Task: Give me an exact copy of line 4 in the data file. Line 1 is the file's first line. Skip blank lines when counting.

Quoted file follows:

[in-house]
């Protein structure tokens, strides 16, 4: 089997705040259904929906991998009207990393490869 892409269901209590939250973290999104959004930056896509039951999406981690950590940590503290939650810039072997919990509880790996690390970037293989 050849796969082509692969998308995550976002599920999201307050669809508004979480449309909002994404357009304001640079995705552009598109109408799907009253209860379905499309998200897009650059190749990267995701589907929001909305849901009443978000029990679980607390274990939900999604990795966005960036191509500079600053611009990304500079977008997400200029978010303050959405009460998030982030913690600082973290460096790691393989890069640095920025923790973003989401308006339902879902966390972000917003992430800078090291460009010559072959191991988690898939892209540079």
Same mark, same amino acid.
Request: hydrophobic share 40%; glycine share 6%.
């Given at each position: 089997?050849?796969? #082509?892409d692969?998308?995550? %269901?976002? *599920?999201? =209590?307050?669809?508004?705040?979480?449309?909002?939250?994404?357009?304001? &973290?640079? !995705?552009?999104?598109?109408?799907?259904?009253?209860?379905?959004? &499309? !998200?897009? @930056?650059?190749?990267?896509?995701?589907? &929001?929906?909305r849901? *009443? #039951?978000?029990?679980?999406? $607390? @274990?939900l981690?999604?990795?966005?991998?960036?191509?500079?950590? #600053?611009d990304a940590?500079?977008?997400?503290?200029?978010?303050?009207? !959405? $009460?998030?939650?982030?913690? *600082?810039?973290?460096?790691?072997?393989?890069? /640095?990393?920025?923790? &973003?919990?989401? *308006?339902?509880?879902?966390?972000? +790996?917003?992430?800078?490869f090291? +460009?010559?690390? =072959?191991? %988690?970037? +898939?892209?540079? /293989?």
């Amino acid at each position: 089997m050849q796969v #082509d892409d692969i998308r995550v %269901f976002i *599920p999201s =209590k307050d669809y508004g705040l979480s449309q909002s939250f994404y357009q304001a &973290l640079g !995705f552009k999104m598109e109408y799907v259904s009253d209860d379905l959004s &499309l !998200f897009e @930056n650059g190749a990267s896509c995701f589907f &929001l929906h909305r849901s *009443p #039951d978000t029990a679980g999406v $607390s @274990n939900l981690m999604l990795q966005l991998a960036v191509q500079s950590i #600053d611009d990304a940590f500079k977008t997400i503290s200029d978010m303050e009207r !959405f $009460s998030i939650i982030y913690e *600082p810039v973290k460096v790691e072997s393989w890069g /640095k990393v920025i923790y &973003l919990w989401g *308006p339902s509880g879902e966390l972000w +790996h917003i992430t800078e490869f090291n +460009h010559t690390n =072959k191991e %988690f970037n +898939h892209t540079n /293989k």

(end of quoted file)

Request: hydrophobic share 40%; glycine share 6%.